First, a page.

Akers took handoff after handoff, 29 in total, as he thrashed through the New England Patriots' defense for 171 yards in front of a prime-time television audience in Week 14 last season.
It was the beginning of a standout two-month stretch that saw Akers average more than 92 yards per game and led to Rams coach Sean McVay's postseason declaration that Akers was an every-down back who could make an impact in the passing game and be featured.
Akers, who will switch jersey numbers from No. 23 to 3 this season, heard McVay's declaration but said he has not allowed the knowledge of an expanded role affect his approach during the voluntary offseason program.
"I just handle it taking it day by day; that's the only thing you can do is make sure that you're doing all you can to be at your best for the team," said Akers, who turns 22 later this month. "That's what I've been focusing on doing, whether that's being a leader or making plays, just doing what I can do to help this team. Not making it more than what it is."
Henderson returns for his third season, though he has been slowed during offseason team activities because of an undisclosed injury. Brown departed in free agency for the Miami Dolphins.
That has allowed plenty of reps for Akers as he becomes acquainted with quarterback Matthew Stafford, who is entering his 13th NFL season but his first with the Rams.
"It's been fun getting to know Matt," said Akers, who's followed on the depth chart by Henderson, Xavier Jones, Jake Funk and Raymond Calais. "Gaining chemistry, catching balls, getting handoffs from him. Feeling the way he likes to lead, just learning each other."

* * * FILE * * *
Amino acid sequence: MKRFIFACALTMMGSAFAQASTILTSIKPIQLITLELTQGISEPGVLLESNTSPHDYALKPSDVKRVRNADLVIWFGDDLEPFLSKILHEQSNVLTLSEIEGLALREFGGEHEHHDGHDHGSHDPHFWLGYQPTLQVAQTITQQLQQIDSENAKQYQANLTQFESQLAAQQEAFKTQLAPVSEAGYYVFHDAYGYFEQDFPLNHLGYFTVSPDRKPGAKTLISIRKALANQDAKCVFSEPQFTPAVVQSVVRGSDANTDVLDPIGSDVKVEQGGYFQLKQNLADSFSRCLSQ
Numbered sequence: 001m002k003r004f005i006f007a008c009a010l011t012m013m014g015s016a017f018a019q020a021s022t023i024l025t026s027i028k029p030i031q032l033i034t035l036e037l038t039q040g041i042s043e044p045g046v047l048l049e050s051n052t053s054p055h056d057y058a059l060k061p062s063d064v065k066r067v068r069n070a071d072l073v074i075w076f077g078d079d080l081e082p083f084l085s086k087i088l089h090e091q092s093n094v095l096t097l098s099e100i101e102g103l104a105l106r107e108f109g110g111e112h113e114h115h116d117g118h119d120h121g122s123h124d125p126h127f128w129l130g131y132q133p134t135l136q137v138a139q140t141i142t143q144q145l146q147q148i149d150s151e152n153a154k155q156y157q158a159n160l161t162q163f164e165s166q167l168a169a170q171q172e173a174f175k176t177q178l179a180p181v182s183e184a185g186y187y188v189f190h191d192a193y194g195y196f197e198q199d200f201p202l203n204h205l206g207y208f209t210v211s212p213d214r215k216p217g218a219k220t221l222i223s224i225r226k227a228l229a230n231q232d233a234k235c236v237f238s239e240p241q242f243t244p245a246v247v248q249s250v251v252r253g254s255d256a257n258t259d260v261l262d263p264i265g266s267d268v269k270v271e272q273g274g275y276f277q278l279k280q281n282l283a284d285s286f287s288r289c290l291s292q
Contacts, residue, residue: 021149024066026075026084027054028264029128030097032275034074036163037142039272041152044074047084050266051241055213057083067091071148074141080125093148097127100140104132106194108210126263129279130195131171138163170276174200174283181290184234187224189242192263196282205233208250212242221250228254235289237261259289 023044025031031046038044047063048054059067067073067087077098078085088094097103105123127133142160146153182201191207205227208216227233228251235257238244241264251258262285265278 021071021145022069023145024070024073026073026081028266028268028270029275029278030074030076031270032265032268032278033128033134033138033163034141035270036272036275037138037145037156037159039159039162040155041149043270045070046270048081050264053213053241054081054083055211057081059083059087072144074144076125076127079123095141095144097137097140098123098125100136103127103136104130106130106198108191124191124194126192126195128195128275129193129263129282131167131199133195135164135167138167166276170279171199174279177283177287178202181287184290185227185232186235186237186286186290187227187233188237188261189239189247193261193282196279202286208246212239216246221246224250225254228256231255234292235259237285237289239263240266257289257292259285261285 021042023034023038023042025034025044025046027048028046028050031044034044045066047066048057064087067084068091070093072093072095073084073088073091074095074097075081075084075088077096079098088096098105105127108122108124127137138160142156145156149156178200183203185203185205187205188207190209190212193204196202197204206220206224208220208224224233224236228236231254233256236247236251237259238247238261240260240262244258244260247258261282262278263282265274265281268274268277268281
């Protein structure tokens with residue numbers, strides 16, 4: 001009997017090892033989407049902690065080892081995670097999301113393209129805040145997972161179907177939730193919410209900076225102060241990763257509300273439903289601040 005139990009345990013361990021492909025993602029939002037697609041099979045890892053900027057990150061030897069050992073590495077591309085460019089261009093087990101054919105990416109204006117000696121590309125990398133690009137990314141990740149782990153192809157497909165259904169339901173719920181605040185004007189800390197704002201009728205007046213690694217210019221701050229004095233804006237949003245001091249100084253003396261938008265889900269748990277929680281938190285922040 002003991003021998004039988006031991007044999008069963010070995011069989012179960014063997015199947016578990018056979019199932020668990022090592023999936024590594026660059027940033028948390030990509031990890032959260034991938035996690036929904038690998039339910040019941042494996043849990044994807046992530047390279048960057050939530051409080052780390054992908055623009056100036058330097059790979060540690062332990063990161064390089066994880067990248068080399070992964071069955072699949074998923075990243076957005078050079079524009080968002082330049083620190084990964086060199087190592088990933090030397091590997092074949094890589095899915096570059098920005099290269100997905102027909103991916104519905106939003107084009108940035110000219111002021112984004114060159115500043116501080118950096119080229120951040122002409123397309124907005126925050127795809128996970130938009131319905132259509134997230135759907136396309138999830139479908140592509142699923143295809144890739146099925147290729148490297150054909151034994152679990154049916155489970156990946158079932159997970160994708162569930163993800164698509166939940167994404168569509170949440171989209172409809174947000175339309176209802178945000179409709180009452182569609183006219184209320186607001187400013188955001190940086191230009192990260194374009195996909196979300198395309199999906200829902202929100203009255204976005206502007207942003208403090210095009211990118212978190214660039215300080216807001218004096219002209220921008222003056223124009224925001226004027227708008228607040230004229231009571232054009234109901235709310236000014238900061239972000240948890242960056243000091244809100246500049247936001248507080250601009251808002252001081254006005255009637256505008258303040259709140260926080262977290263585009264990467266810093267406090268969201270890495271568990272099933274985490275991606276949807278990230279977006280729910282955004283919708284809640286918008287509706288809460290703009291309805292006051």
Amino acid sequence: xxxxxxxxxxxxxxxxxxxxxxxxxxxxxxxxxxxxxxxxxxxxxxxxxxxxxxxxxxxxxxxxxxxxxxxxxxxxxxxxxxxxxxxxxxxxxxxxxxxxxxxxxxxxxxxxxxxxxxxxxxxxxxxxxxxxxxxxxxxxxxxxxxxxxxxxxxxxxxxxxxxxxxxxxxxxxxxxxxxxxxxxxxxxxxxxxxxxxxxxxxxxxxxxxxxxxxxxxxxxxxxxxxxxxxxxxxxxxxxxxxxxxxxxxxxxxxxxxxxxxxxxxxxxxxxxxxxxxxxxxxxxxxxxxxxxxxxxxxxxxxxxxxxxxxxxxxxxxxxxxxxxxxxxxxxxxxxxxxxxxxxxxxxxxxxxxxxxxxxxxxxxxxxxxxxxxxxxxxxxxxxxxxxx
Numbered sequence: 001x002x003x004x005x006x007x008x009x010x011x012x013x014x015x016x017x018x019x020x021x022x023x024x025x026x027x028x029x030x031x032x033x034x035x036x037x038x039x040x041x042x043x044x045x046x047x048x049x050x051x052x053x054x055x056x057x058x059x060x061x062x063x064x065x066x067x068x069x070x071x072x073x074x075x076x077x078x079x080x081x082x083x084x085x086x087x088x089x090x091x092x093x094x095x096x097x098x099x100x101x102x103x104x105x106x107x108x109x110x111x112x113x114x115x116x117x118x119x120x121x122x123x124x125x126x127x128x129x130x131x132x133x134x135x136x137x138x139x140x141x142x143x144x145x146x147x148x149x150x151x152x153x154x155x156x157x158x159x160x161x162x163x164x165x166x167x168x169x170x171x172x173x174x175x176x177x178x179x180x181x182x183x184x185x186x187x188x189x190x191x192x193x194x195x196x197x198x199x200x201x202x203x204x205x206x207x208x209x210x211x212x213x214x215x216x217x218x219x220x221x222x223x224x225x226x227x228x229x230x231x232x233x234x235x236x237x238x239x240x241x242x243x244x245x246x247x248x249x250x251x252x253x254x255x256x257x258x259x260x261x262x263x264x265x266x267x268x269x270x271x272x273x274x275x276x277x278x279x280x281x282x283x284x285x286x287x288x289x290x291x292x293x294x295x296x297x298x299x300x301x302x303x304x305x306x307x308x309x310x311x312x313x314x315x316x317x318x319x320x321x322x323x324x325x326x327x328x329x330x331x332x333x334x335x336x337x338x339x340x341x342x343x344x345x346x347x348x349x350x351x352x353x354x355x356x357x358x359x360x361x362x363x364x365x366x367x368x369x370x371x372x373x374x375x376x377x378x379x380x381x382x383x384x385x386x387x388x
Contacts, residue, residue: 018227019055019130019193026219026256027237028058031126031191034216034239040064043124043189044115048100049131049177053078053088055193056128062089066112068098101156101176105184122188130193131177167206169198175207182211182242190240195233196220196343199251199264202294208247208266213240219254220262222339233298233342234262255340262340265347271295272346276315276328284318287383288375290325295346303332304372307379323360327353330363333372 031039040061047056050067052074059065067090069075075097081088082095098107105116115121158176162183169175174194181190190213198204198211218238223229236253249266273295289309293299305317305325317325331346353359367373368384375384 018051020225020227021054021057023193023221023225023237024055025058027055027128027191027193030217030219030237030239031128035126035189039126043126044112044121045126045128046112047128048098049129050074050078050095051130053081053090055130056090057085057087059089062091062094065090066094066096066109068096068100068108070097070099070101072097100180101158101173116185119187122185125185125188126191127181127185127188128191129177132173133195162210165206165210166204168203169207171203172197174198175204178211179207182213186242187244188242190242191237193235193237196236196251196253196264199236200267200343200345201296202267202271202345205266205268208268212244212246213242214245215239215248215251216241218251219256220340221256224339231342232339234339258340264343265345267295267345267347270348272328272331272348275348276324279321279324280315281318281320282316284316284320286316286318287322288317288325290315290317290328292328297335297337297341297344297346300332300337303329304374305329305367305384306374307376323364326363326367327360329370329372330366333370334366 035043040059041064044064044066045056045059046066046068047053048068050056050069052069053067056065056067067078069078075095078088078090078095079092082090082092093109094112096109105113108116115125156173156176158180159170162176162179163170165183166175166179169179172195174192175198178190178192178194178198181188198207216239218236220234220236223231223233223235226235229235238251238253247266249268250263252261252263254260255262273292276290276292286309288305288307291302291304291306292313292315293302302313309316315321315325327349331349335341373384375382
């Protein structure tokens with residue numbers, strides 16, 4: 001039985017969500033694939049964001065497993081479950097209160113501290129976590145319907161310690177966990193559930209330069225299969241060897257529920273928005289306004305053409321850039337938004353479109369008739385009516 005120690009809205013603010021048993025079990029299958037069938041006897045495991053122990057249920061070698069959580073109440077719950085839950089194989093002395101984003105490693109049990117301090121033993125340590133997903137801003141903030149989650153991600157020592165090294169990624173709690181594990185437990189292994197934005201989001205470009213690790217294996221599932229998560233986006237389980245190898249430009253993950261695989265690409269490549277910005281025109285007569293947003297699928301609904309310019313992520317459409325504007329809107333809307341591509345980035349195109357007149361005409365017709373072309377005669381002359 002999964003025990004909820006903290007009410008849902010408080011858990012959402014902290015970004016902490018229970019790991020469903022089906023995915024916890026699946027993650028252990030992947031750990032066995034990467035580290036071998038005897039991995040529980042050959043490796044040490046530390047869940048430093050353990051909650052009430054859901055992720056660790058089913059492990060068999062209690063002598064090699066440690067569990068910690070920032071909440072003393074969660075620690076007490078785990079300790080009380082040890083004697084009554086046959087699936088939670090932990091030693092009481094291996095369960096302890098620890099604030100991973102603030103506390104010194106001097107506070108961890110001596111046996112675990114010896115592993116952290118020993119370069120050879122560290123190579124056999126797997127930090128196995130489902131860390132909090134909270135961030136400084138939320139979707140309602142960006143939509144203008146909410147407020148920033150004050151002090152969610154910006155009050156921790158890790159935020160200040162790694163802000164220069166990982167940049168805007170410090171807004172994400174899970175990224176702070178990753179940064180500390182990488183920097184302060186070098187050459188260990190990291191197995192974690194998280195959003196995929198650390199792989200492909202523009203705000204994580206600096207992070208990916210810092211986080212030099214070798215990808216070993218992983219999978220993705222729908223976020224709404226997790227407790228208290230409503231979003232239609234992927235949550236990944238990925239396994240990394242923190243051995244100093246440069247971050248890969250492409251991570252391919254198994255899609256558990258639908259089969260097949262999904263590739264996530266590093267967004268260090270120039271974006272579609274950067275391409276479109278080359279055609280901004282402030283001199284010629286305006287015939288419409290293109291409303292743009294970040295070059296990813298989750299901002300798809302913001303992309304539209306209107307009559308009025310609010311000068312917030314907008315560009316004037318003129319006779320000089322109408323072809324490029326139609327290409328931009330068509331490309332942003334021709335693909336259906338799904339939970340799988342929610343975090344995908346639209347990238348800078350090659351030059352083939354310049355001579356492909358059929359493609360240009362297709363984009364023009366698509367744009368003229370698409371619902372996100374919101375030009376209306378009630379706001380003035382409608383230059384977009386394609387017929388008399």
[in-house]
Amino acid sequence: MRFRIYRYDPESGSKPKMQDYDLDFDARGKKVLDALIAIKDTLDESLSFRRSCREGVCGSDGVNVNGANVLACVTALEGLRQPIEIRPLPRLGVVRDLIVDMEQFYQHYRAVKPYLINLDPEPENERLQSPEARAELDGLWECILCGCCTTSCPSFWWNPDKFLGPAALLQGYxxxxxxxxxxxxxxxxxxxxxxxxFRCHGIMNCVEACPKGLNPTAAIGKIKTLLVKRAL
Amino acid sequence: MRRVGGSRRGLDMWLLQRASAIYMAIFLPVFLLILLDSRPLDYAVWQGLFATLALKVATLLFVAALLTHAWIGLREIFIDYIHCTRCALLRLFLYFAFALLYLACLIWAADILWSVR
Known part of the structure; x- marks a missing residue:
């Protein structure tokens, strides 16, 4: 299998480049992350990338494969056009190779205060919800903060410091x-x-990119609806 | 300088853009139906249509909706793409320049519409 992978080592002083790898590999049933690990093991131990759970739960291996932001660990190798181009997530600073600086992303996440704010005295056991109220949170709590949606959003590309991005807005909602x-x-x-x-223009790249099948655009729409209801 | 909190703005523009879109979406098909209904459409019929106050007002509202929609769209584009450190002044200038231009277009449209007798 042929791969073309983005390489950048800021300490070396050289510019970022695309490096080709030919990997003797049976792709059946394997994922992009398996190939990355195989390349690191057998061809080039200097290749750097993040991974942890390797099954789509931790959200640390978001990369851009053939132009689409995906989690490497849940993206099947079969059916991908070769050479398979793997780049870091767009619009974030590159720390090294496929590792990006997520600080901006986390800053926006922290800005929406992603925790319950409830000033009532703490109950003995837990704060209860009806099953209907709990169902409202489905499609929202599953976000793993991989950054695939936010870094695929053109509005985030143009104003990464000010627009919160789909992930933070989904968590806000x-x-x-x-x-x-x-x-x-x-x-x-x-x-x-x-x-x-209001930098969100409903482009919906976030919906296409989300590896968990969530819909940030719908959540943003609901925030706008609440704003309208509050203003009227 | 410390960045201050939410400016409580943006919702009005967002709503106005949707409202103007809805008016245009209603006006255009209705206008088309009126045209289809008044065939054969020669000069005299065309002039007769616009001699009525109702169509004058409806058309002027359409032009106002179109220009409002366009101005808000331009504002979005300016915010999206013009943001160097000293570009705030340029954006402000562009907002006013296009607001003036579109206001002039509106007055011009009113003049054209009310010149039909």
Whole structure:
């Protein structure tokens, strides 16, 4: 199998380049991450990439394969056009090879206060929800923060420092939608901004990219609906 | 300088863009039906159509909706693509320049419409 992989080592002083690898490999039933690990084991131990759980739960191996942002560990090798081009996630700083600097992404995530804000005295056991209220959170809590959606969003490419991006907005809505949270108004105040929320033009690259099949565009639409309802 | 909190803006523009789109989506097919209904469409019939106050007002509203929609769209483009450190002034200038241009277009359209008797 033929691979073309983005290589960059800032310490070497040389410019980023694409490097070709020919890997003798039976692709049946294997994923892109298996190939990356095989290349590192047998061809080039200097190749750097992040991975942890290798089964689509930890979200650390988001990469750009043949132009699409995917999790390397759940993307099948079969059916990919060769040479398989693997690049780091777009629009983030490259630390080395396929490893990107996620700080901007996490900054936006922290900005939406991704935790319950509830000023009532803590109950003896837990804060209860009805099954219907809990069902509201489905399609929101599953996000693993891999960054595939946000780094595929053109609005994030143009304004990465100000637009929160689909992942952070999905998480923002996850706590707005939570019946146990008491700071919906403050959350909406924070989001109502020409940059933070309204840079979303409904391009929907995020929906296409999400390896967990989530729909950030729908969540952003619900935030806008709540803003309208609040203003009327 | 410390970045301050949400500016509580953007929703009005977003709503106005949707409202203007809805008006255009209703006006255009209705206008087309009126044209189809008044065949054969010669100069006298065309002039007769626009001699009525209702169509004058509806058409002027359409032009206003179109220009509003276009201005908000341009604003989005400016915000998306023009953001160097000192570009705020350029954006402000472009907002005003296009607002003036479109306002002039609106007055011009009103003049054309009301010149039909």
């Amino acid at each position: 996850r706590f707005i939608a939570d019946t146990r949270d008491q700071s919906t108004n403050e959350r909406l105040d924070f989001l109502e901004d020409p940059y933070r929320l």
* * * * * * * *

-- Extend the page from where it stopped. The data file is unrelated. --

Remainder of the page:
In 13 games last season, Akers was the Rams' leading rusher with 625 yards and two touchdowns on 145 carries. He also caught 11 passes for 123 yards and a touchdown.
Akers spent two games sidelined after suffering a rib injury in Week 2 when he awkwardly fell on the football. He also played through a high-ankle sprain later in the season.
In two playoff game appearances, Akers averaged 4.8 yards per carry and 110 yards per game.
"He's just so relaxed back there," left tackle Andrew Whitworth said during organized team activities. "That's a trait and a mentality that shows you that he's wired different and he's somebody that expects to perform well and I think guys are excited to see him do his thing and continue to grow."
This season, which has expanded from 16 to 17 regular-season games, Akers has the potential to become the first Rams player to rush for 1,000 yards since Todd Gurley, who rushed for 1,251 yards and 17 touchdowns in 2018 to lead the Rams to a Super Bowl LIII appearance.
How does McVay plan to utilize Akers?
"All the ways that you would want to be able to use a running back that doesn't have any limitations," said McVay, who's entering his fifth season as coach. "No. 1, you've got to be able to play on all three downs."
Though Akers displayed his running and pass-catching ability late last season, there remains room for improvement when it comes to the intricate details of the game, a typical leap most NFL running backs must make from Year 1 to 2 and build on as their career progresses.
Pass protection and understanding responsibilities on blitz packages remain paramount in Akers' development in order to gain the trust of McVay and Stafford on all three downs.
"It's just in the detail and what his job entails every single snap," McVay said. "The biggest thing that you would talk about, he's got great natural run instincts, he's really talented as a pass-catcher, it's the nuanced understanding of where you fit in on some of the protections when the back is involved and I think it's just continuing to become more and more complete."
Akers said he has studied the playbook so he knows it like the back of his hand. He also worked on sharpening his footwork.
Mentally, Akers said he's also made strides.
"Just everything slows down," Akers said about the speed of the game. "Everything is a lot easier for me. Understand the playbook a lot more, I understand blocking schemes, I understand who I need to block, just understanding a lot more."
Said Whitworth, who's entering his 16th season: "He's really wired the right way."